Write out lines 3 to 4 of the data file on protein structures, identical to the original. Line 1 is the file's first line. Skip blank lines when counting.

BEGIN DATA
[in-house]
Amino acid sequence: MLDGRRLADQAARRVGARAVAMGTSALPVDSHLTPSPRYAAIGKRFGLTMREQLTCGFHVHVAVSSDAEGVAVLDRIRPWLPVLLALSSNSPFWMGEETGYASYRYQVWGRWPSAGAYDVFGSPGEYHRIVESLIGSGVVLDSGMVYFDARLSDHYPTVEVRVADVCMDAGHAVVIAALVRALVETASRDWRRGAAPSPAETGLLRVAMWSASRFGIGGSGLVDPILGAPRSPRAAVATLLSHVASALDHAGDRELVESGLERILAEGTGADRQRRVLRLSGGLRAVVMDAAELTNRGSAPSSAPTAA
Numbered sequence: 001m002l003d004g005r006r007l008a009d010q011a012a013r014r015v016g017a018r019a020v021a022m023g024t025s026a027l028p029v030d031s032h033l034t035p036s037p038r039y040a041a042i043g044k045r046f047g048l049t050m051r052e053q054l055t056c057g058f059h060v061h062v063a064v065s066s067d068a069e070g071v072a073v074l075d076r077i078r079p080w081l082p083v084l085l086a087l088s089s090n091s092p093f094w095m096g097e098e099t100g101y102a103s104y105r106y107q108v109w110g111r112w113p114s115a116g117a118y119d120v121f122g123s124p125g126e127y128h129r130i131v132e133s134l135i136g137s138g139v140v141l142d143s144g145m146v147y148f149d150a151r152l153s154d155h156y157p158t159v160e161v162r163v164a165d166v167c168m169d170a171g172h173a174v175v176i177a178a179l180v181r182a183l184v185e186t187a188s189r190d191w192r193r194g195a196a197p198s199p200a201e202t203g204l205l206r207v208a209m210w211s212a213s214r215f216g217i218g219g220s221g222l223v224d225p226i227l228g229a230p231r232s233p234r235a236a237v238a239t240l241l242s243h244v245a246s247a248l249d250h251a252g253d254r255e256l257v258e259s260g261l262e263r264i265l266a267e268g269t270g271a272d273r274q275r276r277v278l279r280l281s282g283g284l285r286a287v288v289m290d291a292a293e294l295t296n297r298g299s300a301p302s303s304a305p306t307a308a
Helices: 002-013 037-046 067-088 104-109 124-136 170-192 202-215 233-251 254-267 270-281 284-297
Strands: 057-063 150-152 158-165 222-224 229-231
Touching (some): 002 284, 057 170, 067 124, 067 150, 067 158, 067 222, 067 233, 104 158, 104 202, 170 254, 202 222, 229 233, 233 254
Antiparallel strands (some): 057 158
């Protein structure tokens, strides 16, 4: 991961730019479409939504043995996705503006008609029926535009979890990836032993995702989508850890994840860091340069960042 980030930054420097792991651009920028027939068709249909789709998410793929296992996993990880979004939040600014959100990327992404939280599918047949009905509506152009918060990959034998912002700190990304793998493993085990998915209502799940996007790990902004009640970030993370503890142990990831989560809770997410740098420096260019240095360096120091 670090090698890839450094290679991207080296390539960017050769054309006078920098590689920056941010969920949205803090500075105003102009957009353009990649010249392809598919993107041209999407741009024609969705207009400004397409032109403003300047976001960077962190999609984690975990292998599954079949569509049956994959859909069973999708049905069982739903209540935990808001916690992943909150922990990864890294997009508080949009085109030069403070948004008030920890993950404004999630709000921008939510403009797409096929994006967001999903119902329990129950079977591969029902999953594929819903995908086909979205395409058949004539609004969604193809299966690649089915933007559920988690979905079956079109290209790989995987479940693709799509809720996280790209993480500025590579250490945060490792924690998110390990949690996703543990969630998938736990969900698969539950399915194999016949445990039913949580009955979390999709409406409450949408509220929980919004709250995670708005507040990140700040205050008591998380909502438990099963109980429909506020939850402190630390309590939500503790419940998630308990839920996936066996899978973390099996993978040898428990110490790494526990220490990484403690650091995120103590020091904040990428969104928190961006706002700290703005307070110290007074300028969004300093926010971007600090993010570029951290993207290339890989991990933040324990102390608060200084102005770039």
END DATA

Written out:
Numbered sequence: 001m002l003d004g005r006r007l008a009d010q011a012a013r014r015v016g017a018r019a020v021a022m023g024t025s026a027l028p029v030d031s032h033l034t035p036s037p038r039y040a041a042i043g044k045r046f047g048l049t050m051r052e053q054l055t056c057g058f059h060v061h062v063a064v065s066s067d068a069e070g071v072a073v074l075d076r077i078r079p080w081l082p083v084l085l086a087l088s089s090n091s092p093f094w095m096g097e098e099t100g101y102a103s104y105r106y107q108v109w110g111r112w113p114s115a116g117a118y119d120v121f122g123s124p125g126e127y128h129r130i131v132e133s134l135i136g137s138g139v140v141l142d143s144g145m146v147y148f149d150a151r152l153s154d155h156y157p158t159v160e161v162r163v164a165d166v167c168m169d170a171g172h173a174v175v176i177a178a179l180v181r182a183l184v185e186t187a188s189r190d191w192r193r194g195a196a197p198s199p200a201e202t203g204l205l206r207v208a209m210w211s212a213s214r215f216g217i218g219g220s221g222l223v224d225p226i227l228g229a230p231r232s233p234r235a236a237v238a239t240l241l242s243h244v245a246s247a248l249d250h251a252g253d254r255e256l257v258e259s260g261l262e263r264i265l266a267e268g269t270g271a272d273r274q275r276r277v278l279r280l281s282g283g284l285r286a287v288v289m290d291a292a293e294l295t296n297r298g299s300a301p302s303s304a305p306t307a308a
Helices: 002-013 037-046 067-088 104-109 124-136 170-192 202-215 233-251 254-267 270-281 284-297